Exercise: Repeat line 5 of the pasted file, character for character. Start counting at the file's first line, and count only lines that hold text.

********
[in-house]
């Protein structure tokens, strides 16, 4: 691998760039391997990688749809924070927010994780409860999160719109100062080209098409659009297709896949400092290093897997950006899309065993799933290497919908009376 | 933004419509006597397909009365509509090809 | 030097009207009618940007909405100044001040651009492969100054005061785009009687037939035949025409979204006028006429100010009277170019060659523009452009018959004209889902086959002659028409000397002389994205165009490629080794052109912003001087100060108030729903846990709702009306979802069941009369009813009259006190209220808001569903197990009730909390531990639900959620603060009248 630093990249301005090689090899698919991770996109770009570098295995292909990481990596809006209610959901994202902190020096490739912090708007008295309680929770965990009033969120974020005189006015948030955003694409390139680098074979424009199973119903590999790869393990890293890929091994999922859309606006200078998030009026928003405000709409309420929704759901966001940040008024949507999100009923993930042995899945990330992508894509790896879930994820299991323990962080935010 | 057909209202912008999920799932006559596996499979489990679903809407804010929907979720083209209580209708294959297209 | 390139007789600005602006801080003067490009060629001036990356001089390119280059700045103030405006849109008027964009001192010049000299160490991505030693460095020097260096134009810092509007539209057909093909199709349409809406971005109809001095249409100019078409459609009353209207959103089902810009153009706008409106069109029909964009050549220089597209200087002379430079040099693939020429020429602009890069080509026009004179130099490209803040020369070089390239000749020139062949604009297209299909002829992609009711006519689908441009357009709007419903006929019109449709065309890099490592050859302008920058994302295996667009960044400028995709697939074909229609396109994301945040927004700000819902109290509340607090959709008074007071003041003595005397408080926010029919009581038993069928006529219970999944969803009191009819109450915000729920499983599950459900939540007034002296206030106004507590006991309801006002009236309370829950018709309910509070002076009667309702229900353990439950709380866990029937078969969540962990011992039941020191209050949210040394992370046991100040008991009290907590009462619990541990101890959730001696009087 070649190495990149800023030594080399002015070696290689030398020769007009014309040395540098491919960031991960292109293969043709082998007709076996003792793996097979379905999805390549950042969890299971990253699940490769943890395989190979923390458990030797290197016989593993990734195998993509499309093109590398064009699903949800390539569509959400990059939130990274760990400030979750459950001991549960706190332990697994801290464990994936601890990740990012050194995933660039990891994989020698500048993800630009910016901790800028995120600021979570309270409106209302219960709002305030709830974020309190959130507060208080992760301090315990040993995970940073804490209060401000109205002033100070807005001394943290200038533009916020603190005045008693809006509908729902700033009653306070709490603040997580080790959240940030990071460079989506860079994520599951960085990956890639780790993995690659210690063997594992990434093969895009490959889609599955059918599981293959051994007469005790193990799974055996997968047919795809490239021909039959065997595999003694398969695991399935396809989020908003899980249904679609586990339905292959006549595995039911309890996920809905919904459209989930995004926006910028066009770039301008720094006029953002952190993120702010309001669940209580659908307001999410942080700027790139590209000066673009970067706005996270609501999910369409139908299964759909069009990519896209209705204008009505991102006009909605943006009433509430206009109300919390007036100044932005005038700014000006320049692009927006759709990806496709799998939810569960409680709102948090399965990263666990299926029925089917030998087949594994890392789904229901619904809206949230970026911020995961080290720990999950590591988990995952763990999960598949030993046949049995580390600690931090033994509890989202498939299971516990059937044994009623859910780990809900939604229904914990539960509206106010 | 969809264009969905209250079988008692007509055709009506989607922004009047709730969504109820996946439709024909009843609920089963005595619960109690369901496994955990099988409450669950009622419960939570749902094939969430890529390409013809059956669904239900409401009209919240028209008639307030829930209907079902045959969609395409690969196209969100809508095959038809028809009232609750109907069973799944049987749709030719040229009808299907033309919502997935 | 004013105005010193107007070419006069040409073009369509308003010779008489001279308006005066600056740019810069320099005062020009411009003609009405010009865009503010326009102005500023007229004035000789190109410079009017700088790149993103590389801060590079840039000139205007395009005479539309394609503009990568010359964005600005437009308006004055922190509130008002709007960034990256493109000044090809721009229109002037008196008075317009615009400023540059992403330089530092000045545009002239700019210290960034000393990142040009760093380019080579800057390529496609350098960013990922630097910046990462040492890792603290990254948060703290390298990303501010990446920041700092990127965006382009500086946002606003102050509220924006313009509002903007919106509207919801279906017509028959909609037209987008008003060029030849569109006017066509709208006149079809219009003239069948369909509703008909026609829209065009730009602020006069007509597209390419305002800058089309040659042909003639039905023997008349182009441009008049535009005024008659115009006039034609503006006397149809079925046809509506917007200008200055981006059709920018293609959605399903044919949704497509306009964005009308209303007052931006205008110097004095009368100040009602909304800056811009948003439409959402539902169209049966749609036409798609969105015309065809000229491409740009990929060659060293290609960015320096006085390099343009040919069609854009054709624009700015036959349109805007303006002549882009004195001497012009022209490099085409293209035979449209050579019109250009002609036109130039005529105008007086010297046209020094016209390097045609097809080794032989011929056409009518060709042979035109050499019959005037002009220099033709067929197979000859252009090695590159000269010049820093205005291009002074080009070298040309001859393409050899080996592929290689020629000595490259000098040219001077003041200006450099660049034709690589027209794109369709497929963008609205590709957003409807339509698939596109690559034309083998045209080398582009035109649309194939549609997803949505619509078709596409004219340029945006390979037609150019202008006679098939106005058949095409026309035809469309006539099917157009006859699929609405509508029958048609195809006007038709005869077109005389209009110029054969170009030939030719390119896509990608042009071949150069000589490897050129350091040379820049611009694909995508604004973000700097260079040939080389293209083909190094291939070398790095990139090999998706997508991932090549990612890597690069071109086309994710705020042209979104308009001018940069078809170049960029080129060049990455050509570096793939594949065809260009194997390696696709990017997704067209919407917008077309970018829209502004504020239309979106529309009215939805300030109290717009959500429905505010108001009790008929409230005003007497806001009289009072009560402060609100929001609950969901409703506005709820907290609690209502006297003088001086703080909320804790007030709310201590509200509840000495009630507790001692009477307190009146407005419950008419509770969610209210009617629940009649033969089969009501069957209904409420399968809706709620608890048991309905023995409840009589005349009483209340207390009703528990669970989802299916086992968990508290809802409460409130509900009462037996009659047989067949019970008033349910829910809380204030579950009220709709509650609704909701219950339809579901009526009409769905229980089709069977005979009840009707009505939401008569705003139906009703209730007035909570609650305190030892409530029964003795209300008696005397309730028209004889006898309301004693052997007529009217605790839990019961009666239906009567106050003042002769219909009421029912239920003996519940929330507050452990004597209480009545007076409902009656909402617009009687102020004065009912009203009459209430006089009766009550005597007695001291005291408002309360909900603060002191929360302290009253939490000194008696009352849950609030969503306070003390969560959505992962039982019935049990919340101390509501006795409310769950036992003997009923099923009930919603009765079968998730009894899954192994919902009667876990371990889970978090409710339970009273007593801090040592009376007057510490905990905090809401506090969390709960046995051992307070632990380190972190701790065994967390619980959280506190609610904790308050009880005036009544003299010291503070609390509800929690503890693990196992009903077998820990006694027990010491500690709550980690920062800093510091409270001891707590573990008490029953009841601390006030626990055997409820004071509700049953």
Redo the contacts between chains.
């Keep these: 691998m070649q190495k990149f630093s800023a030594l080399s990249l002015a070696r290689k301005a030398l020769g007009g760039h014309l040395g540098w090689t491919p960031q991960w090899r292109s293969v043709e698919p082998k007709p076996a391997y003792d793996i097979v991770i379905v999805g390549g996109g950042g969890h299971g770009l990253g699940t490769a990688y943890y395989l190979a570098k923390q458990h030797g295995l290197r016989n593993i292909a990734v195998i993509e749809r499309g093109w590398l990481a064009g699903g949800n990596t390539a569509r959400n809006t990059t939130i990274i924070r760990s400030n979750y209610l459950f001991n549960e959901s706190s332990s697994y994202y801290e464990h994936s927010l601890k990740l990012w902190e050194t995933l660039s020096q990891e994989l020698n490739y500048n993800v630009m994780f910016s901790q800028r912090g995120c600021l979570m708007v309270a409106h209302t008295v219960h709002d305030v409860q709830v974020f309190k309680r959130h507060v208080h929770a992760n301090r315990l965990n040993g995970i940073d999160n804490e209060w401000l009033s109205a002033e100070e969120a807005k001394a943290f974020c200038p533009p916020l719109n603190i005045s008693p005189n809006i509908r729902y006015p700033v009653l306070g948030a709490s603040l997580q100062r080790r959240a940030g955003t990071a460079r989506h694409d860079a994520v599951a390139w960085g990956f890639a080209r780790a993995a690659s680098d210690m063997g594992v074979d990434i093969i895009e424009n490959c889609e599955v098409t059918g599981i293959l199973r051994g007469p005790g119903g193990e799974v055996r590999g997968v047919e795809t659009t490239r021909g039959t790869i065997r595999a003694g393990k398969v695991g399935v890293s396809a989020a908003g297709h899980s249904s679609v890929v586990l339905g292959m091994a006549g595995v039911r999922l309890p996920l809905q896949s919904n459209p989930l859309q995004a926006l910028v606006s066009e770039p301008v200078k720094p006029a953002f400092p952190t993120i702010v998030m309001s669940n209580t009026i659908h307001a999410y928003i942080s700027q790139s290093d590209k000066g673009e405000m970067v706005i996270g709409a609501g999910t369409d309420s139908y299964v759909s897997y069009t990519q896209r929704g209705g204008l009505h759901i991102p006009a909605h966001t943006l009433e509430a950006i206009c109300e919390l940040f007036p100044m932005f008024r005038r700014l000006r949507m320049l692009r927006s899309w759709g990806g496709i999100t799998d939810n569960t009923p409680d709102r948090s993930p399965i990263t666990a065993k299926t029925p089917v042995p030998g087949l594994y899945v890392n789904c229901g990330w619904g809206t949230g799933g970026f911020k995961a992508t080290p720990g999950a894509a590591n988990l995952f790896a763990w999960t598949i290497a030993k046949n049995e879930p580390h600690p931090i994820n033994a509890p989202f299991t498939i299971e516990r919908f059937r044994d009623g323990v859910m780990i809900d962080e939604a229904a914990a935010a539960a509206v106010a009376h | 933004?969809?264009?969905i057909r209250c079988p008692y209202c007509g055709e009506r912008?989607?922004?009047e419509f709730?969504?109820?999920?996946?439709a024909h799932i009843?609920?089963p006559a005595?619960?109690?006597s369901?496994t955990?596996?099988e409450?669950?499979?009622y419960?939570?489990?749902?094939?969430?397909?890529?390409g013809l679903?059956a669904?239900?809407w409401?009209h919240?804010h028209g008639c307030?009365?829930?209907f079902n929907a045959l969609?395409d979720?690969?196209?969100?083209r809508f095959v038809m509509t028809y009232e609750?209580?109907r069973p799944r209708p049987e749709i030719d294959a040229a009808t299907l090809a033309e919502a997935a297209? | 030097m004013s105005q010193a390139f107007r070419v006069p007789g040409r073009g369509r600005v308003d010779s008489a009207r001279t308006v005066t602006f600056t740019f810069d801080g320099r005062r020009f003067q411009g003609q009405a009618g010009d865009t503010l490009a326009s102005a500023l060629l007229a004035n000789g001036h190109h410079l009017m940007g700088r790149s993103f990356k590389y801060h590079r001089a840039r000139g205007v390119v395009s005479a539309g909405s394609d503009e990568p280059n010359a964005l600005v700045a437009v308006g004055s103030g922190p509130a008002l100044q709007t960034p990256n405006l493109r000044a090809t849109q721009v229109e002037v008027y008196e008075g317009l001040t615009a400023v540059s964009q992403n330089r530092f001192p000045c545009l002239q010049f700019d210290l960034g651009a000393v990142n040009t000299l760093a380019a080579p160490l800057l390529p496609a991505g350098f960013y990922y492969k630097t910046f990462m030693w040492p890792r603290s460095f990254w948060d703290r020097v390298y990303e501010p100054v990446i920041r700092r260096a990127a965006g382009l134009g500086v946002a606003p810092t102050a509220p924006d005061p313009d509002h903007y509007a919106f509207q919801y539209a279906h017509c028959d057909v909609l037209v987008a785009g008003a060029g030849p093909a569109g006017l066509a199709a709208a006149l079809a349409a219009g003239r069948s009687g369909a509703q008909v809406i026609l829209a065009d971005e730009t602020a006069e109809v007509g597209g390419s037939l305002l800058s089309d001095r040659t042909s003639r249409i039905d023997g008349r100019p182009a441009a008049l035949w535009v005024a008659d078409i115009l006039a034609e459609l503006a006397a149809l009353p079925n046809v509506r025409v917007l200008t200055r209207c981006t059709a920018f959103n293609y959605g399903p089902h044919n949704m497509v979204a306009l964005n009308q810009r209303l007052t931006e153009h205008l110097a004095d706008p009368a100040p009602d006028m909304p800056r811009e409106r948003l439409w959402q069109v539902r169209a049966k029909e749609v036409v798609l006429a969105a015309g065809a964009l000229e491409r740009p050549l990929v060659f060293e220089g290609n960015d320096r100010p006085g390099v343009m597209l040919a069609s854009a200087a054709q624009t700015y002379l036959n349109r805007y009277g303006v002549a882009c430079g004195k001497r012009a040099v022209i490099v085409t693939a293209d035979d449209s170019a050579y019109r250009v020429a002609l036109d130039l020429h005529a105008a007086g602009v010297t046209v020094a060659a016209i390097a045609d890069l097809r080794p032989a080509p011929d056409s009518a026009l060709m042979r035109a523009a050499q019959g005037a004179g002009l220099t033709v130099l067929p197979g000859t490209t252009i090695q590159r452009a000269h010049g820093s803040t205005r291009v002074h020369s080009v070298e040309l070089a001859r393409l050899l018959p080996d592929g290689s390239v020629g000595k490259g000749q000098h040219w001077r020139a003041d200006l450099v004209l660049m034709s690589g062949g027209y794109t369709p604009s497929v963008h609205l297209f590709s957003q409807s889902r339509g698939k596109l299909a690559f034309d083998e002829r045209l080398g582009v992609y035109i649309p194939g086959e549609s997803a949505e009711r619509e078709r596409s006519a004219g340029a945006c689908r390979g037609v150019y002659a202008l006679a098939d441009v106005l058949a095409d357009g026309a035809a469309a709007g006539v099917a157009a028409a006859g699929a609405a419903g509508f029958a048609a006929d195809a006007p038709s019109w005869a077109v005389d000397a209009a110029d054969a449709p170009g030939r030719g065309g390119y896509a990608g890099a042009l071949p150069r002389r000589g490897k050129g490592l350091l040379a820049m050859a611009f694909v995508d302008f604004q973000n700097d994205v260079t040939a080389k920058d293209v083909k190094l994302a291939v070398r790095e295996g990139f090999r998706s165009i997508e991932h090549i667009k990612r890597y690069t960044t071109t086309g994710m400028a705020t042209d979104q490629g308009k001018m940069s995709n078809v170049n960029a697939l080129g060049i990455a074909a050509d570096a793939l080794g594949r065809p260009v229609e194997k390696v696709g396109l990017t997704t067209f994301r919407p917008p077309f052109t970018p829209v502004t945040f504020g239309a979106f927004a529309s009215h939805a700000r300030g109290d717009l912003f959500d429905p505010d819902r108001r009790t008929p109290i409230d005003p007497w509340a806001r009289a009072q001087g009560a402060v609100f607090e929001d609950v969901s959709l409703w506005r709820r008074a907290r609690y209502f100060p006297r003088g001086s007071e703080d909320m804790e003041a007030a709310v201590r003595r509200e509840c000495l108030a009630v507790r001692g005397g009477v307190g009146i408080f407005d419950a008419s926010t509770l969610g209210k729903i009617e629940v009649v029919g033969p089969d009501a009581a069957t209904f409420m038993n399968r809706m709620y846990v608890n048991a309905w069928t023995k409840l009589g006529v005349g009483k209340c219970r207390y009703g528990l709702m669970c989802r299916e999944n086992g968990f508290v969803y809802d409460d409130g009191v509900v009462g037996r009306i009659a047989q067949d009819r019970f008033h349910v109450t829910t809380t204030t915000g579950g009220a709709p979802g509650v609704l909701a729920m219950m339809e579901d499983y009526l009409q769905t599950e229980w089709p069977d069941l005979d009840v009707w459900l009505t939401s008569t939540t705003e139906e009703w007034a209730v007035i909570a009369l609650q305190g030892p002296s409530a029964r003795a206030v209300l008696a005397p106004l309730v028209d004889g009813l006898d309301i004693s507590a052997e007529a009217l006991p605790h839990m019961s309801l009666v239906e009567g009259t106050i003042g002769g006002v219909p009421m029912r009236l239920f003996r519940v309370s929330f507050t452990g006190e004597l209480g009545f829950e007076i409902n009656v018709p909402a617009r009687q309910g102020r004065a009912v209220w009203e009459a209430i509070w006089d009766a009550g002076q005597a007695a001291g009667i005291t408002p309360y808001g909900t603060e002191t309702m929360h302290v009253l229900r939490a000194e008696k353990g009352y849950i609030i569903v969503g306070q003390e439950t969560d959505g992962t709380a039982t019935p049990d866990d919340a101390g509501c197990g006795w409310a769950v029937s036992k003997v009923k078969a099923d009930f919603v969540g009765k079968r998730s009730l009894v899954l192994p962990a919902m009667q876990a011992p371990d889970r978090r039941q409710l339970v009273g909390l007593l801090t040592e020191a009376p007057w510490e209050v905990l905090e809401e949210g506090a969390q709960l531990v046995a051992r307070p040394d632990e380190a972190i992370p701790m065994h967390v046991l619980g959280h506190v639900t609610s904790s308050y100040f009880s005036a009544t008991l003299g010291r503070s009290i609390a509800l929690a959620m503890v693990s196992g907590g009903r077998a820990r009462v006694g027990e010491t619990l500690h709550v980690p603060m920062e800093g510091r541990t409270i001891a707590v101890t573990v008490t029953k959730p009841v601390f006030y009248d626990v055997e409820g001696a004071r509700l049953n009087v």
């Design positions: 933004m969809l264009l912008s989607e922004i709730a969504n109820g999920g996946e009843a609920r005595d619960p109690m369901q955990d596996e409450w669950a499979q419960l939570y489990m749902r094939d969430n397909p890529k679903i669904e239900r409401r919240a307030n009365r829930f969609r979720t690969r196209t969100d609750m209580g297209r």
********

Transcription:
């Design positions: 933004m969809l264009l912008s989607e922004i709730a969504n109820g999920g996946e009843a609920r005595d619960p109690m369901q955990d596996e409450w669950a499979q419960l939570y489990m749902r094939d969430n397909p890529k679903i669904e239900r409401r919240a307030n009365r829930f969609r979720t690969r196209t969100d609750m209580g297209r």